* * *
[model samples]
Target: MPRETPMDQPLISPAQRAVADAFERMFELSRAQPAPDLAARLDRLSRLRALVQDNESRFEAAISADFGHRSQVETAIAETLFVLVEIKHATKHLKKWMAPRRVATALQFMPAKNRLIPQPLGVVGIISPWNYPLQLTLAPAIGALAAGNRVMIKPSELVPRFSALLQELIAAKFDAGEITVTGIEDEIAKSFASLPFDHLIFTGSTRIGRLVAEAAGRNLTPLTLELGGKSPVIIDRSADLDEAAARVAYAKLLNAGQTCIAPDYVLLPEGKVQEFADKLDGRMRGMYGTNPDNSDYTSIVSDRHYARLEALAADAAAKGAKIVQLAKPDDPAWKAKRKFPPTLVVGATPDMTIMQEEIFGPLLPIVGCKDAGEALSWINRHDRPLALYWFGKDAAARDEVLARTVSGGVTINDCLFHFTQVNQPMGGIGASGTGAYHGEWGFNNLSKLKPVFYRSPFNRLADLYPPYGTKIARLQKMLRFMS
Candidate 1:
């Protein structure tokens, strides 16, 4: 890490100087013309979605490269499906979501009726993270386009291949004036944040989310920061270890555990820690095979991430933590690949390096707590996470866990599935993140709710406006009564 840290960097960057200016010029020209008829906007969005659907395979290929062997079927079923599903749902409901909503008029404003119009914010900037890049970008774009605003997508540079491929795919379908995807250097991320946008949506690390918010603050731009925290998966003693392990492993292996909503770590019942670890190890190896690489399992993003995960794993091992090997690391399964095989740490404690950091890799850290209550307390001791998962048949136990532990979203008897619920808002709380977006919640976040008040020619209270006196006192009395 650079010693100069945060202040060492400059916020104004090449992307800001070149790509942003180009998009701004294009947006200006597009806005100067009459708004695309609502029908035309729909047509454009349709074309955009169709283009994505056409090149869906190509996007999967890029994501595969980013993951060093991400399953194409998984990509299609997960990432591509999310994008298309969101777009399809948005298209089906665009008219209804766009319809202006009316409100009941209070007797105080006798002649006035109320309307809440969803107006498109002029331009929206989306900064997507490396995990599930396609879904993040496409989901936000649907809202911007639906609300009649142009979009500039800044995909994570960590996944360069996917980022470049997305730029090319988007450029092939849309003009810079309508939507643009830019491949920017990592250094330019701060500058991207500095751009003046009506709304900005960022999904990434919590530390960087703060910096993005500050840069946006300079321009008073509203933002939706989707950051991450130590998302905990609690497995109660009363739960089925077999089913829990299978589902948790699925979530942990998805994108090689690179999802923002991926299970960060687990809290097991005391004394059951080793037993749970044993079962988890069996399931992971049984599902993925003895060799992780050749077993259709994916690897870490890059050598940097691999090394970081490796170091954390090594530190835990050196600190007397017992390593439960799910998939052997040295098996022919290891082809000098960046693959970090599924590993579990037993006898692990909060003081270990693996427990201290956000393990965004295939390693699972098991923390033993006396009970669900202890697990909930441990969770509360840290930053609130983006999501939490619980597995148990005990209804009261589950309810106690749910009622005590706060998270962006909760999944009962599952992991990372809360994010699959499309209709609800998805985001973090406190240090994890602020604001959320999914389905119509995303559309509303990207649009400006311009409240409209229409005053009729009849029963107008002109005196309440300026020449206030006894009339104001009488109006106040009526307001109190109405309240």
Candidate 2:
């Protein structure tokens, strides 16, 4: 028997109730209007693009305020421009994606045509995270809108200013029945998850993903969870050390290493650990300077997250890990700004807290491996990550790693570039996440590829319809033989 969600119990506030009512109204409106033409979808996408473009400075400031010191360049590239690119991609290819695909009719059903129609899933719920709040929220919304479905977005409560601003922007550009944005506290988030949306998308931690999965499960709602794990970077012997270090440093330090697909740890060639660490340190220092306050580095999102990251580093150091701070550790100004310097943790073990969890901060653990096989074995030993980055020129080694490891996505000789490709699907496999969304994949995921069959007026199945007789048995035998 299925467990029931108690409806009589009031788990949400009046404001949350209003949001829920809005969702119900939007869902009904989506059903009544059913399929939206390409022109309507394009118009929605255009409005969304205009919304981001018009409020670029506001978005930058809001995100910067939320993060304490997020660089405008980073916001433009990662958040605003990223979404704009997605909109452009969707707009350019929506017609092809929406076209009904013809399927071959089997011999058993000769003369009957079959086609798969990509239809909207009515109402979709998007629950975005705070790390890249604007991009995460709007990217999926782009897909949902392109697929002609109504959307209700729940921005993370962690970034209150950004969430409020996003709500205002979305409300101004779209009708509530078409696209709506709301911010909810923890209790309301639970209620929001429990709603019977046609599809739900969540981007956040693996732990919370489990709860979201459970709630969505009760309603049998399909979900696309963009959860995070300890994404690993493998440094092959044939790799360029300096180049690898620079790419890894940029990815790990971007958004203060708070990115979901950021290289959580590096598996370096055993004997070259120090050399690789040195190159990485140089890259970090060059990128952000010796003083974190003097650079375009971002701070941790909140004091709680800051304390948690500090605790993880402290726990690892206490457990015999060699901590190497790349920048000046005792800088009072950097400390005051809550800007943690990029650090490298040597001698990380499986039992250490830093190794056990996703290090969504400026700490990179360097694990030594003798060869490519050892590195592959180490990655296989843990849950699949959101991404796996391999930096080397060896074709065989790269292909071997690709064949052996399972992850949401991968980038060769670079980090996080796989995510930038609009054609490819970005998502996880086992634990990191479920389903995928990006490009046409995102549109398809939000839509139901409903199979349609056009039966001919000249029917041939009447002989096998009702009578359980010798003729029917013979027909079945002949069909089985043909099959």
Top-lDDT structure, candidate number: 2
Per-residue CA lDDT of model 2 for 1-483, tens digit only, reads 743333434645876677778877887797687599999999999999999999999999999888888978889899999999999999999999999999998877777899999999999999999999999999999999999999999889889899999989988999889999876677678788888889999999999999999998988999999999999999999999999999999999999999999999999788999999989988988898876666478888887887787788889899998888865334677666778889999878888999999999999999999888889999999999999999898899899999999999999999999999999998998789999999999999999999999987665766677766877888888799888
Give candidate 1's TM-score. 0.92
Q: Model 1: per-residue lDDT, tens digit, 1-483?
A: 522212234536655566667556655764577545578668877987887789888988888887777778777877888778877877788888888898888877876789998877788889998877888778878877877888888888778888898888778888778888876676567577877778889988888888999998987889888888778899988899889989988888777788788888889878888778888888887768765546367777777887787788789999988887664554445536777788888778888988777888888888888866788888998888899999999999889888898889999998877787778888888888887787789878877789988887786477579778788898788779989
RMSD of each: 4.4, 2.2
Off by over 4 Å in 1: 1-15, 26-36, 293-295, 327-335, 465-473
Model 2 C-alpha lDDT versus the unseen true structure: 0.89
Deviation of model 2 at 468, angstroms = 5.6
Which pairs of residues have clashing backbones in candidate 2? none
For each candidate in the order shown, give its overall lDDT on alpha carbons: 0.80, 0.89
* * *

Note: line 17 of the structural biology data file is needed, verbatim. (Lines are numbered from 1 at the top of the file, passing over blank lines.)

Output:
For each candidate in the order shown, give its overall lDDT on alpha carbons: 0.80, 0.89